Improvement in education and empowerment schemes are the reasons
The sex ratio at birth in Bengaluru has seen a major improvement over the past four years.
The National Family Health Survey-5, conducted in 2019-20, showed the sex ratio at birth for children born in the past five years in Bengaluru to be 1,163 females to 1,000 males. It was 727 females per 1,000 males in 2015-16, when the survey was last conducted.
Nirupama Kumar, a sociologist and sociology lecturer, explained: “Women are getting better education now, and more and more young women are excelling in different professional sectors. This is changing the image society had of the girl.”
“In our society, especially in metro cities like Bangalore, the old, orthodox notions that people had about the girl child are changing. Previously, there used to be a preference for a boy child in Indian families, as they are believed to carry out the ‘lineage’. Though these notions still exist, slowly the beliefs are changing … With the rise of more unconventional families in India, this idea of ‘the man carrying the lineage’ is slowly disappearing,” Kumar added.
This is backed by no cases of female infanticide and foeticide cases being reported. NCRB data show that in 2020, no cases of foeticide or infanticide were reported from Bengaluru. In Karnataka, rate for both infanticide and foeticide was zero last year.
Meenakshi S, an inspector at the Basavanagudi Women’s Police station, informed The Observer: “Yes, cases of female infanticide and foeticide have decreased significantly over the years. For quite some time, no cases of infanticide or foeticide have been reported in my division.”
To curb cases of female foeticide, and to stop the declining sex ratio, the government in 1994 banned sex-determination tests through ultrasound imaging. Under the Pre-natal Diagnostic Techniques (Regulation and Prevention of Misuse) Act, 1994, any medical practitioner who is found involved in illegal ultrasound imaging, or any individual who seeks medical aid to undergo a prenatal diagnostic technique, may a jail term that may extend up to three years with a fine of Rs 10,000.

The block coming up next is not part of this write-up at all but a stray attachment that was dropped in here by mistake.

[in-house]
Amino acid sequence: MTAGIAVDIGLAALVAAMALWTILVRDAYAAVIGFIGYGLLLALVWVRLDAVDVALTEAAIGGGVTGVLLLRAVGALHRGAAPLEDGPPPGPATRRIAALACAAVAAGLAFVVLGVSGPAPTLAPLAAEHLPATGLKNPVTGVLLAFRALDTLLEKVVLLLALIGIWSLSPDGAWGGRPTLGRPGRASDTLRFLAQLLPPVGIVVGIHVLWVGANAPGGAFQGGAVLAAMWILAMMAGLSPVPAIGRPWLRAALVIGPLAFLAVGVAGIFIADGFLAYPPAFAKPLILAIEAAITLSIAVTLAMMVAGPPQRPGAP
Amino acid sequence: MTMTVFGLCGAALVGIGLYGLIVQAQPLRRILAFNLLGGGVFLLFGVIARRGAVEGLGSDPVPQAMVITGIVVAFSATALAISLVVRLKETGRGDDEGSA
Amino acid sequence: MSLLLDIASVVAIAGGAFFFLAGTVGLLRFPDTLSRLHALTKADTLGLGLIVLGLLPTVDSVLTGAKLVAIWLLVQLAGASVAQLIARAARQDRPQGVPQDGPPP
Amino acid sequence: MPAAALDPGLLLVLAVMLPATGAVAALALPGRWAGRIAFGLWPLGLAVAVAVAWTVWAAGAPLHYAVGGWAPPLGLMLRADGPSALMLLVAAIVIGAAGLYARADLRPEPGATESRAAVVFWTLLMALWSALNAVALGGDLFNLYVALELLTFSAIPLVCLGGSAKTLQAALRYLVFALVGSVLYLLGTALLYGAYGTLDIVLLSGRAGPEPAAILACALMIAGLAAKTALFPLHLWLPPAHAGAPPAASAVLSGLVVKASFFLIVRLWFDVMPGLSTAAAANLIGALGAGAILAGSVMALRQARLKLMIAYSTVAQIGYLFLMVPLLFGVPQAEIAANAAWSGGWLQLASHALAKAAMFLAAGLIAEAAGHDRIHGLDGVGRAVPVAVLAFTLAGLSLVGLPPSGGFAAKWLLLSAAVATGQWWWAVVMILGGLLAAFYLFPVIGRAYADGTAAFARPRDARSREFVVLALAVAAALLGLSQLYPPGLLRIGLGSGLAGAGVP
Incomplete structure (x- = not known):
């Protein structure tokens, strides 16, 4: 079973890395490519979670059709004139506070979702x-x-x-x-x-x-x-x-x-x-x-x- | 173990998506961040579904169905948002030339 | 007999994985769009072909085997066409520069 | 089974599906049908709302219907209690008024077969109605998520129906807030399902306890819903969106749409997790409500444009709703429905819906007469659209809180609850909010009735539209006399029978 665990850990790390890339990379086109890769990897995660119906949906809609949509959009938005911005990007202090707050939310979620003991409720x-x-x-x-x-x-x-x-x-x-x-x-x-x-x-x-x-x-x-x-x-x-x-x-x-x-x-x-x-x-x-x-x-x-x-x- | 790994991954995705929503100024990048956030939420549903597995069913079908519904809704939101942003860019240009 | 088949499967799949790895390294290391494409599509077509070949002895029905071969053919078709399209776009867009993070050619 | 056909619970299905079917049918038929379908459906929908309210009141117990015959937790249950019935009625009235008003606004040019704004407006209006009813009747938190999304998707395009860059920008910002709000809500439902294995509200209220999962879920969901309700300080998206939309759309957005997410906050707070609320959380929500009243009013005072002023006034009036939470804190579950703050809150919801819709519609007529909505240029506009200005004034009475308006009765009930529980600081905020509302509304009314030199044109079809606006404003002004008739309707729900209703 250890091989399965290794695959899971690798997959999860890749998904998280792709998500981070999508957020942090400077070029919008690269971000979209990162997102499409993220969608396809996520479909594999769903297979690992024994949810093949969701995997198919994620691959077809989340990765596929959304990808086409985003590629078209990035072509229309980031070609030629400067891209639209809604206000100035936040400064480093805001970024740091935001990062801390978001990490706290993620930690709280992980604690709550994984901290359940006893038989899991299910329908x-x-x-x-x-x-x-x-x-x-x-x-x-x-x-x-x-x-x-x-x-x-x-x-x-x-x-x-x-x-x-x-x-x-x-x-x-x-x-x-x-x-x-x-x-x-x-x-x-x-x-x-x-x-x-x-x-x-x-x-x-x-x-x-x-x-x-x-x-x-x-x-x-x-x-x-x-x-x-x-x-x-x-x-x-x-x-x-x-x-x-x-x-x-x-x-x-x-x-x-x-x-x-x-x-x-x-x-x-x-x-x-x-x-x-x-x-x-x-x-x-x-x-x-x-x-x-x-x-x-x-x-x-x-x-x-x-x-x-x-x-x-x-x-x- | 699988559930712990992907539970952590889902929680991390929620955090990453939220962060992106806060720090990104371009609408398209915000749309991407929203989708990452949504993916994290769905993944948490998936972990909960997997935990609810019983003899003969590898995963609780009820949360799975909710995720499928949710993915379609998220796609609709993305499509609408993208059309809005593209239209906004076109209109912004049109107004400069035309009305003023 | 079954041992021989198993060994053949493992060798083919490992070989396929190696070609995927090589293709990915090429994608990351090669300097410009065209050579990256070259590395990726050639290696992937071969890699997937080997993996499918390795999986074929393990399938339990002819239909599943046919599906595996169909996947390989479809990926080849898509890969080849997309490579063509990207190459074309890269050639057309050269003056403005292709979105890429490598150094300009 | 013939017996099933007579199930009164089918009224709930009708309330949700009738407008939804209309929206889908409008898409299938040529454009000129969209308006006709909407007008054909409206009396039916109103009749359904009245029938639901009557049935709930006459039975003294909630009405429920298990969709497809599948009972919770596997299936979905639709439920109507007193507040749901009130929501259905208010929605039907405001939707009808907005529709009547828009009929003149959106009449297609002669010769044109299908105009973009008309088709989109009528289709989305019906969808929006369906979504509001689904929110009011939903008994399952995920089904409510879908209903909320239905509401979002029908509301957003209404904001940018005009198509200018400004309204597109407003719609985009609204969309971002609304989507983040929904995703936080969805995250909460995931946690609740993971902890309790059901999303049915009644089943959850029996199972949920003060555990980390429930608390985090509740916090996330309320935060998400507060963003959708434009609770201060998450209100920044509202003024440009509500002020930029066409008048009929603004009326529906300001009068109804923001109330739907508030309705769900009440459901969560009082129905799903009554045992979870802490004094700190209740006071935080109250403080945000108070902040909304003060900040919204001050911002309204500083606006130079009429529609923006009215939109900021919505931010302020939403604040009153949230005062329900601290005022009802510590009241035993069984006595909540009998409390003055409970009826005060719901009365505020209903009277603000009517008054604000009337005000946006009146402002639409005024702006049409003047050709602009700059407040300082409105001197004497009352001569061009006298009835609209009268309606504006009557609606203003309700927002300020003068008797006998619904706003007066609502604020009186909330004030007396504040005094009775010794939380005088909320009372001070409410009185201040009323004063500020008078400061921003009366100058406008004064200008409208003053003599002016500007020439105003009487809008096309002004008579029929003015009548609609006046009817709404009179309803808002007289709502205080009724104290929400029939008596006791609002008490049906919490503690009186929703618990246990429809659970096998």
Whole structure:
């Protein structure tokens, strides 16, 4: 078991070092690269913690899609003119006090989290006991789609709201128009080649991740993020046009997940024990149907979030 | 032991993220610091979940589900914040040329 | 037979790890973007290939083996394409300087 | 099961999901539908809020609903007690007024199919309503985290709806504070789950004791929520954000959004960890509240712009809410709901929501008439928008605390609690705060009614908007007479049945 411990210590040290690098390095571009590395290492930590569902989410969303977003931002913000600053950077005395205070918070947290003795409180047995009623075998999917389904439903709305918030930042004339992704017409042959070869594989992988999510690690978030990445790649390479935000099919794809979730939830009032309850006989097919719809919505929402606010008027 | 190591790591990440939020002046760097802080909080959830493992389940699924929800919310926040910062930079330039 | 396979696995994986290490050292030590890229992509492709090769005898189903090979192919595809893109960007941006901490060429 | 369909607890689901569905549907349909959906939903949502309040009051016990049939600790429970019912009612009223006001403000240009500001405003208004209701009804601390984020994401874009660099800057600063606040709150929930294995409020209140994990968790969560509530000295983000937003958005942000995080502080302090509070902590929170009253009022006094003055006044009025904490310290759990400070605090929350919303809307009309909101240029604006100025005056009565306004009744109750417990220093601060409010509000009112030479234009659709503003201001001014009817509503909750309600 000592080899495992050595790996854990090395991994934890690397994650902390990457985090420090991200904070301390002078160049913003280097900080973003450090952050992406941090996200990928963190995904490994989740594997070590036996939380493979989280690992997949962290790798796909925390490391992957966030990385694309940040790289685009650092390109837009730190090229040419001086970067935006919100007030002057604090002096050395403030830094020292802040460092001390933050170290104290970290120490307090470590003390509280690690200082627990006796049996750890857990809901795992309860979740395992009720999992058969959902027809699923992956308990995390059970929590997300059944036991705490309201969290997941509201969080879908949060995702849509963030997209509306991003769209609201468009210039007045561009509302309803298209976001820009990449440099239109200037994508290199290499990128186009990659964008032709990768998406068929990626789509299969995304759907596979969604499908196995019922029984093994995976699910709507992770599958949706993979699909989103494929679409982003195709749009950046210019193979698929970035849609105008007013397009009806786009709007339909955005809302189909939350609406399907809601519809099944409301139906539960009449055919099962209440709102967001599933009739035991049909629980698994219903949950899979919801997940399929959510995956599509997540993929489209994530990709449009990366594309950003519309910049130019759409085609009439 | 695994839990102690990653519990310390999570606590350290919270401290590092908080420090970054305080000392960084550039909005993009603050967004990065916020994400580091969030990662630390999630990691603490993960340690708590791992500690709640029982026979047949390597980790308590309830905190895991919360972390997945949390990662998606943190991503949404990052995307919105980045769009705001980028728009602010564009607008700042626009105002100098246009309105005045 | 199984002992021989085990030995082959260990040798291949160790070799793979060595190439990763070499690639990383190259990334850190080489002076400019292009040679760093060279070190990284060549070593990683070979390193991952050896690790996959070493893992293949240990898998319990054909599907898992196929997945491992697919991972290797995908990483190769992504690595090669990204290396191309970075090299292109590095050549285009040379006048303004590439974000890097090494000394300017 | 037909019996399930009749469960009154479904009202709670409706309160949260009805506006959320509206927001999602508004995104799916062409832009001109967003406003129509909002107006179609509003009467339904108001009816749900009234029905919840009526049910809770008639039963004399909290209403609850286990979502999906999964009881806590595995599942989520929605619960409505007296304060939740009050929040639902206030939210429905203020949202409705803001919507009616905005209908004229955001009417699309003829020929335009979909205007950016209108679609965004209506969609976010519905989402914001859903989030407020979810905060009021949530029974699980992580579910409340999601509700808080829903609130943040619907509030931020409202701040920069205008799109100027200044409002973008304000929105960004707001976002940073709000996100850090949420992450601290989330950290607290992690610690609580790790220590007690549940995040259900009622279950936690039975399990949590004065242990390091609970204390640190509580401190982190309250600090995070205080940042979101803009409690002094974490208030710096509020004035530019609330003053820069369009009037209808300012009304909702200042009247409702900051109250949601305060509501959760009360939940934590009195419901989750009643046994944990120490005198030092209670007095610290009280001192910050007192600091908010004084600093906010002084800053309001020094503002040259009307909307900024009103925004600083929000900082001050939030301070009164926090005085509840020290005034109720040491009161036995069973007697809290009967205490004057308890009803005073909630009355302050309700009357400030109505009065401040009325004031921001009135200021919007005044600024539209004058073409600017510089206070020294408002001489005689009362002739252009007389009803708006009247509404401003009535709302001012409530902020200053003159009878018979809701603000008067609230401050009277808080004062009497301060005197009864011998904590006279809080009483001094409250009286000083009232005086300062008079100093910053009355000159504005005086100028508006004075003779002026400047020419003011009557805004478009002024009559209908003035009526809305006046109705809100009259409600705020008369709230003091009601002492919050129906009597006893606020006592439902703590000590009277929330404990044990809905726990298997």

Chethana Mohan, owner of the Janani Maternity Home, Bengaluru, said in an average month, there is rarely any huge disparity between male and female births. “At most, the ratio gets 60: 40. But usually the number is pretty balanced. On some days, the number of girls born is even slightly more, but that is only the natural disparity.”
The central and state governments announced various schemes and policies in the past to check infanticide and female foeticide .
The Karnataka government had a scheme in 2006-07 to promote the birth of girl children in below poverty line families, and to raise the status of the girl child in society. Beneficiaries get health insurance cover up to Rs 25,000 a year and an annual scholarship of Rs 300 to Rs 1,000 up to class X to girls.
A year ago, The Hindu reported that “85.5% people believe there is a changed attitude towards the girl child in society” and that “they are no longer considered a burden”.
Centrally funded schemes targeted at girls include Beti Bachao Beti Padhao, Balika Samriddhi Yojana and Sukanya Samriddhi Yojana.